The center is a fudge-like sweet paste with a light rum and possibly raisin flavor. It’s covered in semi-sweet chocolate and some cute little nonpareils for garnish. I didn’t like them quite as much as the Polly, they’re not quite as poppable. They’re a bit sweeter and the rum more pronounced ... maybe it needed a bit more of a creamy butter component for me.
Starting small, there are a few jelly berries in there called Skogsbär. There were three different colors, each a little different. The Swedish berry flavor is mild but smooth. The classic raspberries were jammy but still not very intense. When I first bought them they were smooth but after sitting in the paper bag they got a little harder and grainier.
I always enjoy banana marshmallows. The frothy texture of marshmallow goes well with banana flavoring. In the case of the banana marshmallows from Sweden, don’t get these confused with the American Marbits known as Circus Peanuts. The texture is far smoother and the flavor, though probably artificial is not caustic. There’s even a little tartness to it.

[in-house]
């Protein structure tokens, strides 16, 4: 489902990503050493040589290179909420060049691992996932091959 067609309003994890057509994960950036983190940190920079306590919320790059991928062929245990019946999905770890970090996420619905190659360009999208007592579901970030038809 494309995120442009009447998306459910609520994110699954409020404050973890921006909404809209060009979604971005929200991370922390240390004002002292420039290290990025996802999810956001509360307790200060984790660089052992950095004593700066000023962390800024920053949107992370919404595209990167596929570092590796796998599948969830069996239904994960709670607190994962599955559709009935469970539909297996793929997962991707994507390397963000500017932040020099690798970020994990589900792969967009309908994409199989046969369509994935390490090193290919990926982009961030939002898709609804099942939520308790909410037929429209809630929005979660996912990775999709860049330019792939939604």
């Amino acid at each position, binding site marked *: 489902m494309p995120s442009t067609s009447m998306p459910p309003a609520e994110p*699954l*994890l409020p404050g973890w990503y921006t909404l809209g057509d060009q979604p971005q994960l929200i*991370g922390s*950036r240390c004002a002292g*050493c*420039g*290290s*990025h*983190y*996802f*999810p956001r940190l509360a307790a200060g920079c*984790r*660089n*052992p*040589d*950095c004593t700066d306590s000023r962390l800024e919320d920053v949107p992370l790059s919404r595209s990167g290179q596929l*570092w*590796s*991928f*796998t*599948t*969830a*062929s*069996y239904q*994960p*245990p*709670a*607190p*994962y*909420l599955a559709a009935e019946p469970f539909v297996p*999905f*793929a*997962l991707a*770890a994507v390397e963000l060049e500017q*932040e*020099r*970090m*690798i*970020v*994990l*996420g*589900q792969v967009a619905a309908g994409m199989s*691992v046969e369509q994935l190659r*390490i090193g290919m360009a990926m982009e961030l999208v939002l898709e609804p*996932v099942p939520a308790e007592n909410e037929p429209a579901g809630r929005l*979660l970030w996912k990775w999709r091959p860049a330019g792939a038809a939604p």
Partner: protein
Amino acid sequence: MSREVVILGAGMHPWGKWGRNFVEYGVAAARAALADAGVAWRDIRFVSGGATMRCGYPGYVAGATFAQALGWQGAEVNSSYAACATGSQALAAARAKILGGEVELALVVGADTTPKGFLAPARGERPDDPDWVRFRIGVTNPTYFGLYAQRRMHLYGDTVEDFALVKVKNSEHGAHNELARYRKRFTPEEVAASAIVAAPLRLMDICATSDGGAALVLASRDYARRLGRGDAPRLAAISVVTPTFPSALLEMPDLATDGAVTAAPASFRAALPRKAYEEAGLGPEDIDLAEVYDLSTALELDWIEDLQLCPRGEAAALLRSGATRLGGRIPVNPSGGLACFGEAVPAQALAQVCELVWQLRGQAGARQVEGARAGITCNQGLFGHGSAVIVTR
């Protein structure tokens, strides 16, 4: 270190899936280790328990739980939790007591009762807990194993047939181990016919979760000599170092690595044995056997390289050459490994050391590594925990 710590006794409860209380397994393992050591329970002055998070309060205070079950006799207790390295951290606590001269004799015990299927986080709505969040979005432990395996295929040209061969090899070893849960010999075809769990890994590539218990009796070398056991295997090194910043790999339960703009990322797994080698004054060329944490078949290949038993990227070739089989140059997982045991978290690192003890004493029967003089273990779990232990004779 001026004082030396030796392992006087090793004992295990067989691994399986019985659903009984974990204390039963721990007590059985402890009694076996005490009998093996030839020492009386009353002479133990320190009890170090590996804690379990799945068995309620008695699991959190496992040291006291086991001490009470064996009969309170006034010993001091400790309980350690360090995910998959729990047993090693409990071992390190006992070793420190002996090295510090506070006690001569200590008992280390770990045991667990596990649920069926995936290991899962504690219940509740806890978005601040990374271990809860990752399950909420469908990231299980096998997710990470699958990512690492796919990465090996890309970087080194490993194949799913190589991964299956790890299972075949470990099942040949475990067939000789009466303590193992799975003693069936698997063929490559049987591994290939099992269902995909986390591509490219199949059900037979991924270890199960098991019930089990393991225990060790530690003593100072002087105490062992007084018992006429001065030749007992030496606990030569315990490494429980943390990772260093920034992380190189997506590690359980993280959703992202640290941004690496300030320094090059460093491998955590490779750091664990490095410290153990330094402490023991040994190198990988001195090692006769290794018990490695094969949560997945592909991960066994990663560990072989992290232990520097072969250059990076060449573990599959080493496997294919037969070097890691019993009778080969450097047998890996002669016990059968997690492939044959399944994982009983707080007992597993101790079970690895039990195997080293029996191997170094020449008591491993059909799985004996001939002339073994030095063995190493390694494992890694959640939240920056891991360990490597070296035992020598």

The second banana is called Banana Bubs, they’re half yellow banana flavor and the other half a mild caramel flavor. They’re foamy and soft, chewy and less tart than the bananas.
The large pink disk says Franssons on it. It’s strawberry flavored, soft and has a great berry flavor to it. The smooth dissolve of the marshmallow gives it a creamy texture without any actual fat. It’s a few bites, so it ends up being a lot of candy in one piece. Refreshing.
Skumsvampar are the little hat shapes came in two different flavors. The pink ones are the lingonberry flavor, they’re more sweet without that round tart note that the disk had. The tan ones are cola, they’re very mild but have a good caramel and light spice note to them.
Elephant Feet Licorice is the only licorice I picked up while I was there, though they had quite a bit. These are a pleasant variety. The base is foamy and has a light caramel flavor to it. The black licorice layer is a gummi with a mild anise note to it. They’re easy to eat with an almost creamy flavor to it, like the crema on an espresso.